I came across an article recently that gave some great advice for single mothers. There was one thing that concerned me though. The author, Samantha Young, talked about the ‘good divorce’ where both parties are ‘rational and adult, divide assets fairly…do not argue or fight, support one another in parenting, agree on custody and remain friends’. The author, despite being a psychologist said she had ‘never seen or heard of such a divorce’.

Luckily for me I get to see and hear about these divorces all the time. Often I get couples in mediation that are really committed to the pursuit of the ‘good divorce’ and will work hard to ensure it. At Farrar Gesini Dunn we also offer couples the option of Collaborative Law, where couples work with their lawyers, and possibly other professionals like child specialists and finance gurus, to make arrangements in a collaborative rather than adversarial manner.

There is no question that couples that commit to a ‘good divorce’ will be required to expend a lot of time and energy in working towards this goal. They will need to make certain commitments to behaving in an adult and rational manner, as well as minimising conflict. They will need to focus not on their own needs but to the needs of the family as a whole, most importantly the needs of the children. There is no question that in many respects proceeding straight to litigation is the easy way out. A ‘good divorce’ requires both parties to be ‘good people’ and in the throes of a break up this can be quite difficult, even for the best of us. Being your better self is challenging, it is far easier to allow a traditional litigation lawyer to fuel the flames of conflict and maintain your rage.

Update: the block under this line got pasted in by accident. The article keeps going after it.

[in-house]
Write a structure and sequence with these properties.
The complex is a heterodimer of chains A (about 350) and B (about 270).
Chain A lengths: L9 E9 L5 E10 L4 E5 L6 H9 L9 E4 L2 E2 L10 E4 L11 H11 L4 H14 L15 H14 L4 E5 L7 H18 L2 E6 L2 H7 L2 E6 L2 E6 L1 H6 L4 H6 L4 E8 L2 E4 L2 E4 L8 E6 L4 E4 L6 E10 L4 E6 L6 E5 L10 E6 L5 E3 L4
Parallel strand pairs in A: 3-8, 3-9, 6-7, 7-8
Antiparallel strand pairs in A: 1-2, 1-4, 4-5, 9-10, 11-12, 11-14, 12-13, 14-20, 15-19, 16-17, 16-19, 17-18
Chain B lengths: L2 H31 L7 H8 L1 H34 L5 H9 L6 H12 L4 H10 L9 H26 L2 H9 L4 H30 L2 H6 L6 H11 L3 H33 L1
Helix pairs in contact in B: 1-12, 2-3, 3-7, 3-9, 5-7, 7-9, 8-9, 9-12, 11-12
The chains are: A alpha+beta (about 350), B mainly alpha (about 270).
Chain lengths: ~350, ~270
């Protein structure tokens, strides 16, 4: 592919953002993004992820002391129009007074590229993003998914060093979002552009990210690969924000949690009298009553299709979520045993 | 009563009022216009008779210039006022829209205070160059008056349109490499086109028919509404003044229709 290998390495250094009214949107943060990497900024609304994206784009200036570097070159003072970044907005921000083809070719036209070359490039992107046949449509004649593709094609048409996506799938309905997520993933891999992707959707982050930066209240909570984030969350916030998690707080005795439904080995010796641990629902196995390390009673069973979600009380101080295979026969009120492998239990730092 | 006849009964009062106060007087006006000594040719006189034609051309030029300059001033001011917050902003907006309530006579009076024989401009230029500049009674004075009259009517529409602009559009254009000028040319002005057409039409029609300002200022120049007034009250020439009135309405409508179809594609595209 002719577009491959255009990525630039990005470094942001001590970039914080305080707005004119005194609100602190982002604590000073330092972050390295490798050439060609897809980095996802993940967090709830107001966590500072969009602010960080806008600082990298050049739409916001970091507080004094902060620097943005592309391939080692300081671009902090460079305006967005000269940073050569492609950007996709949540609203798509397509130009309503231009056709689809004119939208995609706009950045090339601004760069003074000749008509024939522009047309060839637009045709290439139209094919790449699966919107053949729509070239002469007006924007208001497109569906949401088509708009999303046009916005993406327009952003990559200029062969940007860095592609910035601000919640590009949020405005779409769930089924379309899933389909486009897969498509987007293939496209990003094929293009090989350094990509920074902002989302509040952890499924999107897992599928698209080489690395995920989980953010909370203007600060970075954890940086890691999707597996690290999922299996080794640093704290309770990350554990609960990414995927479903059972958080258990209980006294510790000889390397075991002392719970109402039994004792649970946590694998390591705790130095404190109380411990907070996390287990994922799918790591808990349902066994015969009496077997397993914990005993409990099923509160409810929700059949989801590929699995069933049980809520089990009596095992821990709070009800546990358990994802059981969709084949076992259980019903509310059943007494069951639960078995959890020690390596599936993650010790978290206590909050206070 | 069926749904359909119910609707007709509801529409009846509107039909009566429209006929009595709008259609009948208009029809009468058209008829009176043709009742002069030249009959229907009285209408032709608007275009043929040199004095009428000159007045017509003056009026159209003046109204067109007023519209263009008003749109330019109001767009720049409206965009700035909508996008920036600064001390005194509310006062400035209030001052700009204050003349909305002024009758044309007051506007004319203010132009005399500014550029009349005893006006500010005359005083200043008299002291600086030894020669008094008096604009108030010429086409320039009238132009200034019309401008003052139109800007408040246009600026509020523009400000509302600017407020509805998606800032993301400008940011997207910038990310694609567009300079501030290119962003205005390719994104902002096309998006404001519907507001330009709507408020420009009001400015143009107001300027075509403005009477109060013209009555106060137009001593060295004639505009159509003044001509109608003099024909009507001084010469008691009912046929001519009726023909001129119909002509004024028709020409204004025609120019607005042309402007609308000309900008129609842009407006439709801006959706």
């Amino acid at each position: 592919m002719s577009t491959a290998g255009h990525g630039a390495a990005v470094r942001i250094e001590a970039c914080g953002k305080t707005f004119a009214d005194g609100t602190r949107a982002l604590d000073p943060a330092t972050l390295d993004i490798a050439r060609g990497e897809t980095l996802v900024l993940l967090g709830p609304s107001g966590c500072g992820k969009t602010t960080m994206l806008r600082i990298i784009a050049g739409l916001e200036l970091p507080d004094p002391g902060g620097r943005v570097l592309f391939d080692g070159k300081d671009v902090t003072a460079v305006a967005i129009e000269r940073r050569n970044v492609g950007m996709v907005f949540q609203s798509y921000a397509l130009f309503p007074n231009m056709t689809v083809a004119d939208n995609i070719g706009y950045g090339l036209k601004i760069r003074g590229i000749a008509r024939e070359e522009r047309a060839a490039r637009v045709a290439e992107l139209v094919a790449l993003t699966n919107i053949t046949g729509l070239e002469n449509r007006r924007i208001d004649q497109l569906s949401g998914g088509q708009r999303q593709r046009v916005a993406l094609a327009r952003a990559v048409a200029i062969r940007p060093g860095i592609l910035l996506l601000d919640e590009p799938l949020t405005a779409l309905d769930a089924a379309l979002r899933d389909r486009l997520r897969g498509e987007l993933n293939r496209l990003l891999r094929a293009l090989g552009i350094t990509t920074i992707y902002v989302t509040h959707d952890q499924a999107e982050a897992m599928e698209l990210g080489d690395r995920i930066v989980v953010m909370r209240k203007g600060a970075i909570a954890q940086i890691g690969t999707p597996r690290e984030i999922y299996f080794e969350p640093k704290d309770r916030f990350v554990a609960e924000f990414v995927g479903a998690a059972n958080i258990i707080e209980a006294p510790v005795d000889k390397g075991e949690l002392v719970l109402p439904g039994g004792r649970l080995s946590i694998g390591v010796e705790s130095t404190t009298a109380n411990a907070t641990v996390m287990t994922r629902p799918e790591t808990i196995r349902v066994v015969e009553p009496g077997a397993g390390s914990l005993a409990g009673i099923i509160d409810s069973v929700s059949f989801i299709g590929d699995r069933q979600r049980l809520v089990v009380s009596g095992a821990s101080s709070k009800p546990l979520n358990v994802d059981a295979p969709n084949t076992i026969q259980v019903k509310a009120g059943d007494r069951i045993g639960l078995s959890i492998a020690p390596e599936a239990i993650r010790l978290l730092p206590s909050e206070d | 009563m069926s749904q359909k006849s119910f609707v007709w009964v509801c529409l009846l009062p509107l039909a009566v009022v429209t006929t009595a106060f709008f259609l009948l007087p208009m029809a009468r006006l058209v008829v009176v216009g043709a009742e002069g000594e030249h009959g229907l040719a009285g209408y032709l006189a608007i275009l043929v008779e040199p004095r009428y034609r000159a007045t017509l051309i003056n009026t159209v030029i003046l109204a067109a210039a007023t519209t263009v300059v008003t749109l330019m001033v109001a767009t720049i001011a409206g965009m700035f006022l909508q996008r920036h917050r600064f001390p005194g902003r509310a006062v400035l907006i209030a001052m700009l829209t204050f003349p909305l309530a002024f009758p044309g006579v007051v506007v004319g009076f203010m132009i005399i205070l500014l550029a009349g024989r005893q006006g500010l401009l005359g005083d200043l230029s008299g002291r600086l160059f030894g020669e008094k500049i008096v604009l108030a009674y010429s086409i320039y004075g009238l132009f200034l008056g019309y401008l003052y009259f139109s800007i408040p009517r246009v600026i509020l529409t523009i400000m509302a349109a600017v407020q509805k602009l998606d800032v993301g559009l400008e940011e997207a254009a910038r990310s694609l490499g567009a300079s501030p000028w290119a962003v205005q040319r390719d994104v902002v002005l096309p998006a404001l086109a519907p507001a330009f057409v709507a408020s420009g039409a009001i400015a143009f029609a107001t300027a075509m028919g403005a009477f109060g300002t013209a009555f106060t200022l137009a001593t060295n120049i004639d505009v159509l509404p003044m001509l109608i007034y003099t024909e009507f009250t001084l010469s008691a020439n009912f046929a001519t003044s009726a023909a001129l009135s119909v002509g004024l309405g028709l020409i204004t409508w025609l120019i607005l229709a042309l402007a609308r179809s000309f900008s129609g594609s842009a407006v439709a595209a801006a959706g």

As to being ‘friends’ I think this may be, initially at least, an unrealistic goal. What couples instead should aim for is a respectful and business-like relationship, where the ‘business’ of the family is the parenting of the children. In order to get the best results you’ll need to work together, and like many a work situation you may have to do this with someone that you don’t necessarily like. A good divorce isn’t about liking your partner, it is about working productively together for the sake of the children.

The key to a good divorce is the same as the key to a successful marriage – respectful dialogue, honesty and integrity, focusing on being your better self and lots of hard work. If you are willing to do that then a ‘good divorce’ is within your grasp.

Samantha Young’s article can be found at http://www.mamamia.com.au/parenting/advice-for-single-mums

NB. Samantha also advises minimising the use of lawyers. I would clarify this by saying that you should minimise the use of litigation lawyers but seek advice from lawyers (and mediators) who promote interests based negotiation and collaborative frameworks. The lawyer you choose will often determine the outcome – chose the wrong one and the ‘good divorce’ won’t even be an option.

Elisa Turco

Elisa Turco